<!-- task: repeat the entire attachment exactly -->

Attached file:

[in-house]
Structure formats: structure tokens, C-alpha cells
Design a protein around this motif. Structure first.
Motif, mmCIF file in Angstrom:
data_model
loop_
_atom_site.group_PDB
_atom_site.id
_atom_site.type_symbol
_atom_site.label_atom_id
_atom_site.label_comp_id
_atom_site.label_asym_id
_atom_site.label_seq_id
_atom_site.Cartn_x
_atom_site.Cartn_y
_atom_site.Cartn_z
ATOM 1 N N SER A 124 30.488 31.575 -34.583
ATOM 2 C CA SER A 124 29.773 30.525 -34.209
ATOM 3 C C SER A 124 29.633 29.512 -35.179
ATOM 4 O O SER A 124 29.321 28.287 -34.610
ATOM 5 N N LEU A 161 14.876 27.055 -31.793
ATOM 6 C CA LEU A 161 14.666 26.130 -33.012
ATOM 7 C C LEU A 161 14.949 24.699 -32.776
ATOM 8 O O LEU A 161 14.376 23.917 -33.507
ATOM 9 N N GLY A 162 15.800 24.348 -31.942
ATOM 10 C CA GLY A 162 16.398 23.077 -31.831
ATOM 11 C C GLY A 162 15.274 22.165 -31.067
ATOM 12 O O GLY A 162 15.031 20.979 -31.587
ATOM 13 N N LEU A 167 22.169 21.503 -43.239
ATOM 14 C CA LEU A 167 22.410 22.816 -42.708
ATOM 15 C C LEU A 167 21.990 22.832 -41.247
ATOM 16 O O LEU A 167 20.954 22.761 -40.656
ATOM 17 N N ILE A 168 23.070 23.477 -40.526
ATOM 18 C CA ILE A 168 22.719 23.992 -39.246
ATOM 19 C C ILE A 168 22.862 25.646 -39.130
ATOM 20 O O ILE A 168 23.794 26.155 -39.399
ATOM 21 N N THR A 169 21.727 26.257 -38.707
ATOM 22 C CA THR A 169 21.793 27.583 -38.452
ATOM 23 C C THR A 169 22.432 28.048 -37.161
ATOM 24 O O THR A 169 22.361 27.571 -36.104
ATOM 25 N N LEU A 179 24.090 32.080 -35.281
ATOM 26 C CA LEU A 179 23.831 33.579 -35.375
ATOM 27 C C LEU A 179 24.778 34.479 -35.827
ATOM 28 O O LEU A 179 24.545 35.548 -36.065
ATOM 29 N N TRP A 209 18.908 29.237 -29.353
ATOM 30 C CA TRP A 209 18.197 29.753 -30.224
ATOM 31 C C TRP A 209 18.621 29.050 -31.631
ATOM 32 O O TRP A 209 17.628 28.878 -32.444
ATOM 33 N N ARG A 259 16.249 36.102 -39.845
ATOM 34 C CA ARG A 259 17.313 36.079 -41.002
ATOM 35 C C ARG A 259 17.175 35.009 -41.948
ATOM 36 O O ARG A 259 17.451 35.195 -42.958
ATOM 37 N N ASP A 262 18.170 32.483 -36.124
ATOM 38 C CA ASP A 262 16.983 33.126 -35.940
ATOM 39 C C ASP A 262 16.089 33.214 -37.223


[in-house]
Structure formats: structure tokens, C-alpha cells
Design a protein around this motif. Structure first.
Motif, mmCIF file in Angstrom:
data_model
loop_
_atom_site.group_PDB
_atom_site.id
_atom_site.type_symbol
_atom_site.label_atom_id
_atom_site.label_comp_id
_atom_site.label_asym_id
_atom_site.label_seq_id
_atom_site.Cartn_x
_atom_site.Cartn_y
_atom_site.Cartn_z
ATOM 1 N N SER A 124 30.488 31.575 -34.583
ATOM 2 C CA SER A 124 29.773 30.525 -34.209
ATOM 3 C C SER A 124 29.633 29.512 -35.179
ATOM 4 O O SER A 124 29.321 28.287 -34.610
ATOM 5 N N LEU A 161 14.876 27.055 -31.793
ATOM 6 C CA LEU A 161 14.666 26.130 -33.012
ATOM 7 C C LEU A 161 14.949 24.699 -32.776
ATOM 8 O O LEU A 161 14.376 23.917 -33.507
ATOM 9 N N GLY A 162 15.800 24.348 -31.942
ATOM 10 C CA GLY A 162 16.398 23.077 -31.831
ATOM 11 C C GLY A 162 15.274 22.165 -31.067
ATOM 12 O O GLY A 162 15.031 20.979 -31.587
ATOM 13 N N LEU A 167 22.169 21.503 -43.239
ATOM 14 C CA LEU A 167 22.410 22.816 -42.708
ATOM 15 C C LEU A 167 21.990 22.832 -41.247
ATOM 16 O O LEU A 167 20.954 22.761 -40.656
ATOM 17 N N ILE A 168 23.070 23.477 -40.526
ATOM 18 C CA ILE A 168 22.719 23.992 -39.246
ATOM 19 C C ILE A 168 22.862 25.646 -39.130
ATOM 20 O O ILE A 168 23.794 26.155 -39.399
ATOM 21 N N THR A 169 21.727 26.257 -38.707
ATOM 22 C CA THR A 169 21.793 27.583 -38.452
ATOM 23 C C THR A 169 22.432 28.048 -37.161
ATOM 24 O O THR A 169 22.361 27.571 -36.104
ATOM 25 N N LEU A 179 24.090 32.080 -35.281
ATOM 26 C CA LEU A 179 23.831 33.579 -35.375
ATOM 27 C C LEU A 179 24.778 34.479 -35.827
ATOM 28 O O LEU A 179 24.545 35.548 -36.065
ATOM 29 N N TRP A 209 18.908 29.237 -29.353
ATOM 30 C CA TRP A 209 18.197 29.753 -30.224
ATOM 31 C C TRP A 209 18.621 29.050 -31.631
ATOM 32 O O TRP A 209 17.628 28.878 -32.444
ATOM 33 N N ARG A 259 16.249 36.102 -39.845
ATOM 34 C CA ARG A 259 17.313 36.079 -41.002
ATOM 35 C C ARG A 259 17.175 35.009 -41.948
ATOM 36 O O ARG A 259 17.451 35.195 -42.958
ATOM 37 N N ASP A 262 18.170 32.483 -36.124
ATOM 38 C CA ASP A 262 16.983 33.126 -35.940
ATOM 39 C C ASP A 262 16.089 33.214 -37.223